Mediation is one of the two approaches used to reach settlements, with the other one being a full trial in a court of law. Mediation is normally preferred by parties when they are fully convinced that if the case reaches a full hearing, then they will have slim chances of winning.
Through mediation, therefore, they save time and money as well as the public scrutiny into their conduct which they may have been exposed to during the trial. Mediation also gives them an opportunity to pay slightly lower amounts in settlements compared to when the jury decides the case.
However, the average settlement offers during mediation are widely skewed due to many reasons. Some of them are as discussed below-:
Diversity of cases settled by mediation
The main reason why a party would agree to a mediation process is so that they don’t waste a lot of time and money if the case gets before a jury. There is a wide variety of cases that could be solved through mediation, and since not all cases have the same weight and merits in the eyes of the law, it is difficult to apply the same settlement to all of them.
For instance, a sexual harassment case and cases involving hostile work environments are sometimes solved through mediation when the accused parties are afraid of losing at a full trial. These two types of cases are different and will not usually result in the same settlement even if they were to proceed to trial. Even in mediation, therefore, they will attract very different settlements.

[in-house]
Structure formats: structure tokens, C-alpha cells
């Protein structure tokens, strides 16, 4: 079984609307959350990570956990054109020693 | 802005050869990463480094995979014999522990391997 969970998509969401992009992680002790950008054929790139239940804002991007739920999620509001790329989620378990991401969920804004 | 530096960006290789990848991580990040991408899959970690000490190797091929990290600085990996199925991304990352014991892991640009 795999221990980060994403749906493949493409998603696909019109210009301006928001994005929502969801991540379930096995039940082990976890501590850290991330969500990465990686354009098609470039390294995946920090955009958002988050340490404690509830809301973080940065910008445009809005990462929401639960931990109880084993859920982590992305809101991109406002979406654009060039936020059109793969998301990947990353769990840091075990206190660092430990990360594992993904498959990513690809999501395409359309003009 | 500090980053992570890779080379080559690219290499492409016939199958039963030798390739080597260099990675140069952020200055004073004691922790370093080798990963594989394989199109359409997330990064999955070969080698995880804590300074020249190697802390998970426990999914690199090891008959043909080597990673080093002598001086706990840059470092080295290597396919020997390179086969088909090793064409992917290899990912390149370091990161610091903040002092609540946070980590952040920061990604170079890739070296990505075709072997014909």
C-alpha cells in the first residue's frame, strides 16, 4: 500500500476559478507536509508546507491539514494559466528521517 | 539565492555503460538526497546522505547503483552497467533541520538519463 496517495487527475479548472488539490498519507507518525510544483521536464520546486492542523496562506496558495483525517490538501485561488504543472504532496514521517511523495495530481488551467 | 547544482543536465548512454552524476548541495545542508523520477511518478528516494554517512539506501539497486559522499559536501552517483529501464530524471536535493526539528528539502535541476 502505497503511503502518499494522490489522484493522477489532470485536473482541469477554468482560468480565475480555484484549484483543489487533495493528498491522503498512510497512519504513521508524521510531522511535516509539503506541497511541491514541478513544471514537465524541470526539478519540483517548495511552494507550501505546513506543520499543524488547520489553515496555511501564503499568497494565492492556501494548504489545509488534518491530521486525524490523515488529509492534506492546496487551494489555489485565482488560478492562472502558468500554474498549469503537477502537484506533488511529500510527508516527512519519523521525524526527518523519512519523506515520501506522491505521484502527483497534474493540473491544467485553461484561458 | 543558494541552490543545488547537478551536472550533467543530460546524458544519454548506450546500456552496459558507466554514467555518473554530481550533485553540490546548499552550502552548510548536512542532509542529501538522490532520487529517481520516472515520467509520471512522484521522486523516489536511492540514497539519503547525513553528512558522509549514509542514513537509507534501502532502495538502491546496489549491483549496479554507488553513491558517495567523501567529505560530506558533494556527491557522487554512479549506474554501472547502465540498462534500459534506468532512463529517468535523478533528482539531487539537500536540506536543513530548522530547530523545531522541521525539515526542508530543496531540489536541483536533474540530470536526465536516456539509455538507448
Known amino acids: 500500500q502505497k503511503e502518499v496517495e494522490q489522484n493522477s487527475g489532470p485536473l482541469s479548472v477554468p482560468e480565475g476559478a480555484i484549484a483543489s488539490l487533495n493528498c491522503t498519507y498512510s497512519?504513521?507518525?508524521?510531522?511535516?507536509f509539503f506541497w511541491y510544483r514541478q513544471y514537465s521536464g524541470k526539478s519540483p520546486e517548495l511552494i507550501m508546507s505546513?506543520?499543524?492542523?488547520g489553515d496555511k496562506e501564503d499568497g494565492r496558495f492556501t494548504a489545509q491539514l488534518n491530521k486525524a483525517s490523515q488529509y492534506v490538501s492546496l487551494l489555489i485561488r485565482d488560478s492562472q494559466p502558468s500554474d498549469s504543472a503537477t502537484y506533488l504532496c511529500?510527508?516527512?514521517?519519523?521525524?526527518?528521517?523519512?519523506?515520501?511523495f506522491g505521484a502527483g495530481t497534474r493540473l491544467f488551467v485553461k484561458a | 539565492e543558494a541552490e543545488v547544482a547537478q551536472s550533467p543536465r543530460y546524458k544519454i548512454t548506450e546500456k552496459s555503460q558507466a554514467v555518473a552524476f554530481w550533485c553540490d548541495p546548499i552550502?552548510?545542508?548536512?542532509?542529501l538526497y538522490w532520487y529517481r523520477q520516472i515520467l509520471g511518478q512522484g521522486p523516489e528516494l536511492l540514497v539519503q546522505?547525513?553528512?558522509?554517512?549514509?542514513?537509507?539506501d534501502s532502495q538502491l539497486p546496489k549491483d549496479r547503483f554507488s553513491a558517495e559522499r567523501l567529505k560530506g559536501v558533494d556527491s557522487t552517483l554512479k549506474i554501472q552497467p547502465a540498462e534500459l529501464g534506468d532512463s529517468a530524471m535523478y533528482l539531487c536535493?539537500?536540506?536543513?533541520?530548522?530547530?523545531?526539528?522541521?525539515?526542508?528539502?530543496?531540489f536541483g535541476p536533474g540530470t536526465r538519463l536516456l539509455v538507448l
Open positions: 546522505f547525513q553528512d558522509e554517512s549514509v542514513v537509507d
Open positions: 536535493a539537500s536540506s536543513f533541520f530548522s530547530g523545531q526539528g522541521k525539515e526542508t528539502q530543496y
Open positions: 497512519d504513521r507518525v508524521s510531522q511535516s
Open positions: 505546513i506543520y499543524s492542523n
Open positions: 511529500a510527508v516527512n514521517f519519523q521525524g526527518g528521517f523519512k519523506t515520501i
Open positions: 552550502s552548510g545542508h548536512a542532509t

Willingness of the participant to compromise their position
A mediation process will only be successful if both parties agree. If this is not the case, a full trial will be imminent. In a typical mediation process, the accused will be given a chance to make an offer, which will then be countered by the accuser. The settlement that will finally be agreed upon will be based on each party’s willingness to compromise their position.
For example, in a sexual harassment case, the accused may agree to pay $100, 000 to buy the silences of the victim, but the victim may decide that they want a higher figure, maybe $130,000 so as not to proceed for full trial. For them to avoid trial, they will both have to settle for a sum they had not initially stated, and this is where the compromise comes in.
The time of the mediation
Mediation will in most of the times come at the early stages of the case. It is when mediation fails that the case will proceed to full trial, though there are instances when the concerned parties can decide to withdraw the case amidst trial and resort to mediation. When mediation comes in as the very first process, the average settlement value will be lower. However, if mediation comes in amidst trial, the average compensation is likely to be very high.
This is because when the accused requests the plaintiff to withdraw the case amidst trial, they have sensed defeat, and are trying to salvage the amount of money they are likely to give in the settlement. At this point, the plaintiff is very confident of a win and will without a doubt ask for a huge settlement knowing that the defendant is cornered and has no options but to pay.
The other factors that may potentially determine the average settlement offer during mediation include the mediator’s perspective, the authority to settle, the clients’ participation and the preparation of both parties for the negotiation.